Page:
NEW YORK—Audi Sport is to Audi what M is to BMW or AMG to Mercedes—the tuning arm, the skunk works where cars go to lose weight, gain power, and find extra speed for the track. The US is a big market for Audi Sport, and the brand had several models on display at this year’s New York International Auto Show. There was the TT-RS and the brand new RS5 Coupe, but for us the real star of its stand was a new racing car, the R8 LMS GT4.
Audi Sport customer racing is separate from the factory backed efforts in DTM and the now-shuttered World Endurance Championship program, and you can actually buy these cars to run yourself. The new GT4 car fits into a gap between the RS3 LMS—a front-wheel drive touring car—and the R8 LMS GT3.
The R8 GT3 has been a sales hit; more than 200 have found homes thus far, and it’s racked up quite a lot of wins (including a memorable race in Macau where one GT3 finished the race upside down). But GT3 racing is getting expensive—the cars cost upwards of $400,000, and that’s before you factor in spares or the cost of running in a series.
GT4 racing is meant to solve some of that problem. To keep costs down, it’s much closer to the road-going R8. Head of Audi Sport customer racing Chris Reinke told us that more than 60 percent of the parts are identical to the road car, including that magnificent, naturally aspirated V10 engine. To our eyes, that makes the car much more of a looker than the carbon fiber-bodied GT3. Although prices haven’t been released yet, it should be reasonable for a race car if the rumors are to be believed.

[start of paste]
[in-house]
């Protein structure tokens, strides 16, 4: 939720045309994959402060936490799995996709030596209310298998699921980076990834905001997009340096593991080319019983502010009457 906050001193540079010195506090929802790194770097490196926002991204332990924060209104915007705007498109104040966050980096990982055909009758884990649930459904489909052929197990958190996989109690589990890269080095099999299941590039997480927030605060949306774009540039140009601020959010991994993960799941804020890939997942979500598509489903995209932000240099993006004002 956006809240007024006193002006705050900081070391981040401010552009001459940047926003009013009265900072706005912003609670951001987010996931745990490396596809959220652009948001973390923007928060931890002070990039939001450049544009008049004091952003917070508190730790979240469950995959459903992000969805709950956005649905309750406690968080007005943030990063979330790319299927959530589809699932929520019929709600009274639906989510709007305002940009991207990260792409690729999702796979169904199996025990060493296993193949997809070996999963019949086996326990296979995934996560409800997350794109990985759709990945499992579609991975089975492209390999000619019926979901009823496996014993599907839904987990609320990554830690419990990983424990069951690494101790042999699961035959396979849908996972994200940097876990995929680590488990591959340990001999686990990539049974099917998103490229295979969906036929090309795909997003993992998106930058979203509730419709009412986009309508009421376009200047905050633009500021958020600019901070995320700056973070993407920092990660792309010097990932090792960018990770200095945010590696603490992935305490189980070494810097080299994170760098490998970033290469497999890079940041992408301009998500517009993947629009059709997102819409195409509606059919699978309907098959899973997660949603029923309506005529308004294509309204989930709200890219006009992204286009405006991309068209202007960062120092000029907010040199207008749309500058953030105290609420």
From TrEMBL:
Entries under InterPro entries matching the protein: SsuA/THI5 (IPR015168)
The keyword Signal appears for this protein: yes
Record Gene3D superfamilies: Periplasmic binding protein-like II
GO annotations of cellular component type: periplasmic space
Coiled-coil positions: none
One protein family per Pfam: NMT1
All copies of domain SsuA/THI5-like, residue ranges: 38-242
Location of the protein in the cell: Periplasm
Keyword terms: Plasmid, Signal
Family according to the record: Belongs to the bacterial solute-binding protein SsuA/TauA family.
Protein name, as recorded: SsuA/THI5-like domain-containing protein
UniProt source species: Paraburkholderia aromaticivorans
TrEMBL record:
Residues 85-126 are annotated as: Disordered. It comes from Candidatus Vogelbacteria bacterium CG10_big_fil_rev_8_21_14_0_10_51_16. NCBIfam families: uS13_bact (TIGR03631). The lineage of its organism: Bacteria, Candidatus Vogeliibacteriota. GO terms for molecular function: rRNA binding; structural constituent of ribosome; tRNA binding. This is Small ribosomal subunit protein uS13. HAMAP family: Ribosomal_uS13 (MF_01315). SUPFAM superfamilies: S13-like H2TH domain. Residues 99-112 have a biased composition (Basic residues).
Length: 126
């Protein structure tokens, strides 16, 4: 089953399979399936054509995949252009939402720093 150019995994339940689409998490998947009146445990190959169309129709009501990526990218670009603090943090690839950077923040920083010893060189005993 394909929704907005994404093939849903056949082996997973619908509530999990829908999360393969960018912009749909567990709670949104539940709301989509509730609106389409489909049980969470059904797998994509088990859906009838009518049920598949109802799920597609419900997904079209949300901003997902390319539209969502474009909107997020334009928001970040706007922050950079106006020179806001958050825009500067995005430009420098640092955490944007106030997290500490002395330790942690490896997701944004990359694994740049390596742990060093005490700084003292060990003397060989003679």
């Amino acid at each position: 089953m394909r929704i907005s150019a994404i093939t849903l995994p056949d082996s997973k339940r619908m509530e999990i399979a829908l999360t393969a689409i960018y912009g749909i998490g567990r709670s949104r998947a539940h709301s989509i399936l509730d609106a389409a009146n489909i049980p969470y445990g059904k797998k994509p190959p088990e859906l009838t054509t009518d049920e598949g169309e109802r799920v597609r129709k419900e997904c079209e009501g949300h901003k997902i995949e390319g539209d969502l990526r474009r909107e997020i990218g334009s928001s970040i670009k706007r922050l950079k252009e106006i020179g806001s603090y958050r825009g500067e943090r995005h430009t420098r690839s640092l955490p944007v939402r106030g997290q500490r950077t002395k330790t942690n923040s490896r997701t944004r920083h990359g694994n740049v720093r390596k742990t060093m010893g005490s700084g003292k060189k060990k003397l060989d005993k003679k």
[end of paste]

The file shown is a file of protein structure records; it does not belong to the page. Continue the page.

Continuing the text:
Performance also fits in between the RS3 LMS and R8 LMS GT3 cars, and the performance should be accessible across a range of driver talent. After all, even the blisteringly quick GT3 cars have to be accessible to amateur drivers and come with complex electronic traction control programs and anti-lock brakes. But the R8 GT4 LMS won’t generate nearly as much downforce as its more expensive sibling, so cornering speeds should be very quick instead of slightly terrifying. The car is even slightly down on power compared to the road-going R8, as it has to be “performance balanced” to the other makes and models that compete in GT4 series.
Here in the US, the GT4 class has been adopted by the Continental Tire Sportscar Championship and the Pirelli World Challenge series. Right now, those series are full of McLaren 570Ss, Aston Martin Vantage GT4s, Ford Mustang GT350R-Cs, and Porsche Cayman GT4s; stiff competition indeed.